A look into a training session of Stefanos Tsitsipas
The grass season has well and truly begun. With the second week of tournaments already finished, I decided to write a short piece on how Stefanos Tsitsipas trains.
I spent some time in 's-Hertogenbosch (ATP 250) here in The Netherlands earlier this month and got the opportunity to see him train twice. It was really insightful and interesting as a tennis fan to see the dynamic of him and his coach (his father, Apostolos) train together on court. Their training sessions seemed different to any other tennis professional that I’ve seen train before.
They were on court 4, a practice court on the side of the grounds – which is a quieter area. The word ‘intense’ would be an understatement when describing their session together. Stefanos barely said a word during their time on court. I was really surprised that there was no chat between them. He was just following orders from his father.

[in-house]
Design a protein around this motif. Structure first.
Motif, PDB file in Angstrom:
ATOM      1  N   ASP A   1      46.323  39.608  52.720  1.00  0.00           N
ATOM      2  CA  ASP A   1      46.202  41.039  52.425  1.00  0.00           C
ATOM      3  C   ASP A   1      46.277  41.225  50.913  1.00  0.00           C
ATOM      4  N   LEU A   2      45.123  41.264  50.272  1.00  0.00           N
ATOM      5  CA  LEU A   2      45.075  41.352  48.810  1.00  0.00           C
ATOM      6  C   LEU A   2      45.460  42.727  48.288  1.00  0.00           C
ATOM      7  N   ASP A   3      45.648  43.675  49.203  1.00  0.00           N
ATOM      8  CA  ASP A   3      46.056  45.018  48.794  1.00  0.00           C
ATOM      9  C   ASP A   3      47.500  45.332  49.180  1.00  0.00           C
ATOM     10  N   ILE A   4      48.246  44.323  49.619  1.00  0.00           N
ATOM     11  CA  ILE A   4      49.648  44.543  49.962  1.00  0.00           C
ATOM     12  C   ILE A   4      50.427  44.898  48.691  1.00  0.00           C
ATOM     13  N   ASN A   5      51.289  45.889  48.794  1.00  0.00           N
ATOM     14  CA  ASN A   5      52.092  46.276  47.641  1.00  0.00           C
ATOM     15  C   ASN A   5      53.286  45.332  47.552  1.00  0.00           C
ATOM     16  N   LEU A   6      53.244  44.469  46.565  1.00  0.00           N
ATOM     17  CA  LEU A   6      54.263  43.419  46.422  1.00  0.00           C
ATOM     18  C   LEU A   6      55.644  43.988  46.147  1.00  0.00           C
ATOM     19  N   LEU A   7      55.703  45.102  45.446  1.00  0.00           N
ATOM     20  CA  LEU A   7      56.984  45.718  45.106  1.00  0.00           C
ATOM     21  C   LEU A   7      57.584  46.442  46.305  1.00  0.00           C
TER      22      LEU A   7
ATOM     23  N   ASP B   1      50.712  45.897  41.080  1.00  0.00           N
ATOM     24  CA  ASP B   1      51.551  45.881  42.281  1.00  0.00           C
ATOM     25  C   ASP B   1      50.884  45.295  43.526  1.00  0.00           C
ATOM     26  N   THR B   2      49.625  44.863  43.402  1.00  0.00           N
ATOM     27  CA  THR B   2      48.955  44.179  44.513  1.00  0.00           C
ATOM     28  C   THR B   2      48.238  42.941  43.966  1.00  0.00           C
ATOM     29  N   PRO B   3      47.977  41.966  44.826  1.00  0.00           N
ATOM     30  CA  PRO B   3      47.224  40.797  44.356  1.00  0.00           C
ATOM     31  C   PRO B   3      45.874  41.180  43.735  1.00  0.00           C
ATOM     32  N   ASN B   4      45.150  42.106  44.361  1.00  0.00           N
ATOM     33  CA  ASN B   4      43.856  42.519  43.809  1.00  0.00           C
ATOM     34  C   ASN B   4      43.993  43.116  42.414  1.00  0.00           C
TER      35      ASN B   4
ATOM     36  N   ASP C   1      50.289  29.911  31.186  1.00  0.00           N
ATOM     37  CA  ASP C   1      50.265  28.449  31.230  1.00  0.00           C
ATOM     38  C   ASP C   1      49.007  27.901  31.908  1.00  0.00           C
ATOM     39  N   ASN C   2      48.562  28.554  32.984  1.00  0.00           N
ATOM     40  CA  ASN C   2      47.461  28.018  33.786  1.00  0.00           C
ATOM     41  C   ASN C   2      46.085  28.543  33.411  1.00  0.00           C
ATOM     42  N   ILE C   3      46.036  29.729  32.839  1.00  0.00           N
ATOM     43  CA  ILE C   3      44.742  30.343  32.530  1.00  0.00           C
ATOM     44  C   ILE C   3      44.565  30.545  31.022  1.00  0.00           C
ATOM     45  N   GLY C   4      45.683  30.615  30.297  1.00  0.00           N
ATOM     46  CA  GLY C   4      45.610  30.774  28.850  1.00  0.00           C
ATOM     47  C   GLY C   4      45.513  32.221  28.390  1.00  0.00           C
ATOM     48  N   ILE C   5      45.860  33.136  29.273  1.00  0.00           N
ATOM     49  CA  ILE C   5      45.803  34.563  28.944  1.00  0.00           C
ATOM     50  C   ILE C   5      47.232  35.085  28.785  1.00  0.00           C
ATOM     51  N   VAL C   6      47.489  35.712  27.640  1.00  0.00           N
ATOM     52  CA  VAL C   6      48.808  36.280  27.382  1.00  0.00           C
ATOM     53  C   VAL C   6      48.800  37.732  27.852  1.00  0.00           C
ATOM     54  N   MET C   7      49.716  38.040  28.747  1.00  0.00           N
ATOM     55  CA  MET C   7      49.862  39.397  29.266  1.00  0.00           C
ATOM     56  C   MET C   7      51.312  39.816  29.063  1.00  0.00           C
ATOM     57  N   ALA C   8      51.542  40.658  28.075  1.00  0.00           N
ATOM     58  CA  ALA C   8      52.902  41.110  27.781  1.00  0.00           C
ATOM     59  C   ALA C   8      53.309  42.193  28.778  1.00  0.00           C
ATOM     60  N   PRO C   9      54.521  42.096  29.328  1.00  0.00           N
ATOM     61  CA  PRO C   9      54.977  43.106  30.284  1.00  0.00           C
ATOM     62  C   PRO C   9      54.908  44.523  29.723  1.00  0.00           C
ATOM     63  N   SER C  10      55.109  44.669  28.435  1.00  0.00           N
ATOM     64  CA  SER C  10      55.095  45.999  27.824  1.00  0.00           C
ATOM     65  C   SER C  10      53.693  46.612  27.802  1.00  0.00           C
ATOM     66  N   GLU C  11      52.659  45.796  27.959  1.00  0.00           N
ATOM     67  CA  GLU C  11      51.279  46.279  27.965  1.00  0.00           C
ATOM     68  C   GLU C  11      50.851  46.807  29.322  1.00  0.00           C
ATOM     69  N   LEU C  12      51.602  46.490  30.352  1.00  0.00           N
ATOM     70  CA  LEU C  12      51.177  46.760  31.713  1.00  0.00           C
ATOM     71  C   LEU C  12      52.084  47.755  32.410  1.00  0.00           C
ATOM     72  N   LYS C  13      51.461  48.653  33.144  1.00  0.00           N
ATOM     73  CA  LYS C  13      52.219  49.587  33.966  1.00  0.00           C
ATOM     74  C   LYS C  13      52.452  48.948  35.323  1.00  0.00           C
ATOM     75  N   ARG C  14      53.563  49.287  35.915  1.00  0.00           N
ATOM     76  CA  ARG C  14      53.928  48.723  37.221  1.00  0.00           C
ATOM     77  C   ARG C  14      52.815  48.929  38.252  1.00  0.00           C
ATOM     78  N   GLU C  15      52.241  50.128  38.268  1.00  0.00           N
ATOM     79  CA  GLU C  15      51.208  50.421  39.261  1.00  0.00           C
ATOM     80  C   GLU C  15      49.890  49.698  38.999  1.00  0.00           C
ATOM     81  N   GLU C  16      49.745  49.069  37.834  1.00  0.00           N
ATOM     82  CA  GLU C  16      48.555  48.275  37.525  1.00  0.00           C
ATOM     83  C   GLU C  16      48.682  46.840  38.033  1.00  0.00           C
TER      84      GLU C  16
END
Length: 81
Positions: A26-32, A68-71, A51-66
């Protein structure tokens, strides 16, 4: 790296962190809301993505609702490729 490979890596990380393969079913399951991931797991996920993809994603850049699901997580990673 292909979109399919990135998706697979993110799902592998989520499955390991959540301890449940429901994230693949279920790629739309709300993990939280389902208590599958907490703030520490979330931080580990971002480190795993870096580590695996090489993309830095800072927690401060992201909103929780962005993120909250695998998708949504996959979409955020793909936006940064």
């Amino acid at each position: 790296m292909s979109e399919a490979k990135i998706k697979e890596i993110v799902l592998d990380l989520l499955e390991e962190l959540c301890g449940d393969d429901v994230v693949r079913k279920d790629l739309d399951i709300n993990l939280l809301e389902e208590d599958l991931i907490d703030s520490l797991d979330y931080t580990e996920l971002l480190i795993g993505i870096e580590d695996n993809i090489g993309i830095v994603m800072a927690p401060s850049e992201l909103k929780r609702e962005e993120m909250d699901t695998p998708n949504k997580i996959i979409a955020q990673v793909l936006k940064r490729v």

Players usually have some conversation during their practice sessions, whether it be discussing their technique or just general conversation during water breaks. The contrast between other players was amplified as the same morning, Richard Gasquet was full of chat when training. Apostolos seemed to be in good form, giving directions to a hitting partner and making a few light jokes. The only issue was that the conversation was a one way street, with him getting no response.
At the 1h 20 mark, Stefanos began talking. I was sitting beside my Greek friend Rea at the time and asked her to translate some of what they were saying. She laughed and said that he was being ‘extremely mean’ to his father. No translation was needed. It was clear that he was frustrated and did not want to continue. The training ended soon after.
I thought it was an interesting dynamic between father and son on the tennis court. Stefanos works hard during practice, which I assume is down to the fact that he really, really wants to be the best. His father pushes him hard, giving him few breaks and is constantly feeding tennis balls to him. They take their tennis seriously, there is no denying that.
Stefanos has had a tough time on the grass so far. Losing in the second round to Nicolas Jarry in 's-Hertogenbosch and again to Felix Auger-Aliassime in the QF of Queens (ATP 500) has seen Tsitsipas have a slower start than expected this summer on grass. Despite a slow start, don’t count him out to be a serious contender to go deep at Wimbledon! He is one of the most promising talents that tennis has, at just 20 years old.